GIRLS NIGHT OUT ON MOTUIHE ISLAND
We haven’t managed to “get out there” anywhere near as much as we did during the early summer of last year. This is not only due to the fact that the weather has been a little hit and miss, but we also had family come to visit over the festive period so chose to stay close to home to spend time with them. Now that things have returned to normal, Isabelle and I decided it was time to head off on a girl’s adventure – choosing to visit somewhere that we’d never been before, Motuihe Island.
Motuihe is a small (440 acre) Island situated between Motutapu and Waiheke Islands in the Hauraki Gulf of Auckland which although is controlled by the Department of Conservation, is administered by the Motuihe Trust. Isabelle was very thankful for this, because not only does the trust run guided walks and generally look after the place, they also run a little store from the information centre that sells ice cream!
Sun, sea AND ice cream – how could this little place not rocket to the top of the best camps I’ve EVER stayed at list of a 10 year old. 😉
Being a tiny island in the Hauraki Gulf you usually need to have your own boat or hire a water taxi to get to the Island, however during the summer period, Red Boats runs a daily ferry service from Westhaven, so James dropped his two intrepid travelers off in time for the Saturday morning sailing. You can (as other campers did) take a TONNE of camping gear on the ferry, but Issy and I went minimalist and only took what we could carry on our backs, which was actually quite a lot. I carried the tent, sleeping mats, sleeping bags, cooking gear (jetboil), the first aid kit, sunscreen, insect repellent and the personal locator beacon (which just seems to come everywhere with me – just in case). Issy then carried our clothes and food and we both carried pillows, water, head lamps, sanitizer, our phones, battery packs and toiletries. Which I guess isn’t THAT minimalist, but the other campers on the ferry seemed stunned/impressed that we had everything we needed in “those two little bags”.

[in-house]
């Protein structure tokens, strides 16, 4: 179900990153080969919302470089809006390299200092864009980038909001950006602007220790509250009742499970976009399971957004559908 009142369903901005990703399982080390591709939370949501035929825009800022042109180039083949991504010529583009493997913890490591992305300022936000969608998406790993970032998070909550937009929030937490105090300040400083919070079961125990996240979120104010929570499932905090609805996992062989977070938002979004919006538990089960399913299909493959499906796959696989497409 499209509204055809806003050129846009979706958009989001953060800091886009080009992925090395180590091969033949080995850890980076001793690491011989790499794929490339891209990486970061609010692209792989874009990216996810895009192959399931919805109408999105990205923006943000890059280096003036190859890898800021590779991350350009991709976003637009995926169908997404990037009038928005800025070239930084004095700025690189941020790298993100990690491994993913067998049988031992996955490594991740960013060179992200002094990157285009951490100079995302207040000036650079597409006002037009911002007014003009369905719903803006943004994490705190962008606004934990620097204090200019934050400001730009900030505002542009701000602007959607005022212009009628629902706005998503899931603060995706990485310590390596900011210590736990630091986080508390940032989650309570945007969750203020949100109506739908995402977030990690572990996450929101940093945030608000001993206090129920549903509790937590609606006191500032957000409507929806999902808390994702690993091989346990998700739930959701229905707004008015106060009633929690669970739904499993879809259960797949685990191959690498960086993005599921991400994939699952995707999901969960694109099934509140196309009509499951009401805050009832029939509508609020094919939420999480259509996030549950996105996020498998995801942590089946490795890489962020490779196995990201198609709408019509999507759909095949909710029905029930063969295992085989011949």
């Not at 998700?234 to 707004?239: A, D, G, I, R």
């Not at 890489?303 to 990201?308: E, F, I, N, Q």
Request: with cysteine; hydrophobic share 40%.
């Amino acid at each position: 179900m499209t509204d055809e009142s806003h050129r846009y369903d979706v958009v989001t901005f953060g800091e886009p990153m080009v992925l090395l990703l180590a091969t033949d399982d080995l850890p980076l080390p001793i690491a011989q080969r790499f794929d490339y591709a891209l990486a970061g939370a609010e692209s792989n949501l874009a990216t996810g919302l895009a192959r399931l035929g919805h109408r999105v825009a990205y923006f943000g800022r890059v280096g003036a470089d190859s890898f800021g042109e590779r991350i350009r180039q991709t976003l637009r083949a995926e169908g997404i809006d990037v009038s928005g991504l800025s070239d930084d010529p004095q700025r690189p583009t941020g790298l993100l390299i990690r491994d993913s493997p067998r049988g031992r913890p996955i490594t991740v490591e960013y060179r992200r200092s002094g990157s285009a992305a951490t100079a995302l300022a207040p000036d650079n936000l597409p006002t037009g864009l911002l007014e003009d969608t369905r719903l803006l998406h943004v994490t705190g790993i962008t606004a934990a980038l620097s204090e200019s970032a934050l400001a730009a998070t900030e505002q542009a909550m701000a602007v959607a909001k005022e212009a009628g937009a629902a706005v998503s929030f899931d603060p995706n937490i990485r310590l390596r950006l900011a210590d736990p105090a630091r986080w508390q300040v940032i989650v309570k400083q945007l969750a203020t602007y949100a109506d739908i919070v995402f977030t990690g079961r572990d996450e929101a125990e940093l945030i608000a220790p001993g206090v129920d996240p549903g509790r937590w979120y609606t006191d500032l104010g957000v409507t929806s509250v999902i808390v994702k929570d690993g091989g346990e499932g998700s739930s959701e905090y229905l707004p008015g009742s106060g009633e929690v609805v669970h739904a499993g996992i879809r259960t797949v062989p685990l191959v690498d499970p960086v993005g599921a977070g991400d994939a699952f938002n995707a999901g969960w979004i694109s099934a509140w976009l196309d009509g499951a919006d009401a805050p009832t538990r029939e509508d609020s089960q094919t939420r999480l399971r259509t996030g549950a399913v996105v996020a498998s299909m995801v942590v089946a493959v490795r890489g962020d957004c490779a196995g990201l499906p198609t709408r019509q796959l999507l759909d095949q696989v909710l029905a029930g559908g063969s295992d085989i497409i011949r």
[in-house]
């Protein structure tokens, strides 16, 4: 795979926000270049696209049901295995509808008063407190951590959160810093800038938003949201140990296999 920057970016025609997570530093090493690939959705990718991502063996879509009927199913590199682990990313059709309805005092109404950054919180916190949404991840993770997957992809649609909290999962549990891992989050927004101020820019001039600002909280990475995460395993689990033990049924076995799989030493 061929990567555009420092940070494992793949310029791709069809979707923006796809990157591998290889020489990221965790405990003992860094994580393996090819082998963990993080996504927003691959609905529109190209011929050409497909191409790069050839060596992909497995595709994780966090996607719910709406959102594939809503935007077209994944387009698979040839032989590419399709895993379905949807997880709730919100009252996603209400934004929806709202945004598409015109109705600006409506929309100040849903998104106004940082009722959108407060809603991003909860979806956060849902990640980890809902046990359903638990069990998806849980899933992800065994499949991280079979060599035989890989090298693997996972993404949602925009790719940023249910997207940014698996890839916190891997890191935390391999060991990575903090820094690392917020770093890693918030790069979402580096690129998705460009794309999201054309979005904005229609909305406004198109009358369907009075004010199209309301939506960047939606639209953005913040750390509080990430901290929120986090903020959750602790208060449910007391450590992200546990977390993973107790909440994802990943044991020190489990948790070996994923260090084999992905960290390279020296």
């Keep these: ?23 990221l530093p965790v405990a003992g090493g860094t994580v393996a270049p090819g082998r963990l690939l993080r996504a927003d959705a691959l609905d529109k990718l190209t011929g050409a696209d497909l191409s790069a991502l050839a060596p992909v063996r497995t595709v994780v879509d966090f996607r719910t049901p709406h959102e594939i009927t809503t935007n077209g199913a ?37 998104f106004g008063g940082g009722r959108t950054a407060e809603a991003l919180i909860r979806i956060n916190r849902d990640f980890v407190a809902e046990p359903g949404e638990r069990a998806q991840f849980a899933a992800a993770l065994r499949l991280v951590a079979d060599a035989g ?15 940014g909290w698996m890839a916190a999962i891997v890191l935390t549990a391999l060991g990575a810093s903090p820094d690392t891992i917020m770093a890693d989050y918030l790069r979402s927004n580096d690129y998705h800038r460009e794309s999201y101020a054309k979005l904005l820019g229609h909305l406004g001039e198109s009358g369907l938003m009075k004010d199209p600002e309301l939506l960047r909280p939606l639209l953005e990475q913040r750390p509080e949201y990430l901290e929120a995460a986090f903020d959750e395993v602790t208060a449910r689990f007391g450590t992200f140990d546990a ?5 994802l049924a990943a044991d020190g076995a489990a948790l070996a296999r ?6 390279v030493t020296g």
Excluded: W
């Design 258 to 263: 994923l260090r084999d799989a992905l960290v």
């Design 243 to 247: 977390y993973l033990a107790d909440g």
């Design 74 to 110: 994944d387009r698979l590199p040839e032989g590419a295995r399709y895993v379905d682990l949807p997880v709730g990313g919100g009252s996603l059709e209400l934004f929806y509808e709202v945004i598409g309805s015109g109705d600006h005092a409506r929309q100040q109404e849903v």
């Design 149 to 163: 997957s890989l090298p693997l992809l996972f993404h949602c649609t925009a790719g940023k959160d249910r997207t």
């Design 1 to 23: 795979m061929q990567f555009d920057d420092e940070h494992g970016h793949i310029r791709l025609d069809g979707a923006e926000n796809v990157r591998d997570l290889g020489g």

Before arriving we had looked at the campground map to book a campsite. Without knowing anything about the topography of the island we chose a site in the Confidence Course as it looked tucked away from the main campground and it was relatively close to the toilet block. Upon arrival our designated area turned out to be a tiny clearing on the side of the path that went to the “main” campground, which I would have completely missed if there had not already been a small group who had set up their tents.
Isabelle decided that it was by far the best area because it was uber close to the ice cream shop and over the course of our stay I determined it was a very convenient place to be, however the down side was that there was no shade and the views were nothing compared to the ones you got from the other sections of the campground. Next time I *might* trade convenience for the stunning views across to the city you’d get from your tent if you set yourself up in Captain’s Camping – but then again, we were in the ocean the majority of the time, so the views would have been wasted on us anyway and having a large, super clean and nice changing room so close made peeling off your wet swimming gear a breeze.
You can do as little or as much on the island as you want – you can hike (we did not) go tuatara spotting (we also did not, but a number of people we spoke to had made the effort and had seen them) or, support the trust and take a guided walk (we – um – did not), instead, we lay in the sun, got hot, swam in the ocean, got cold and then repeated the process again and again and again ..
Oh and obviously we ate ice cream 😉
Till next time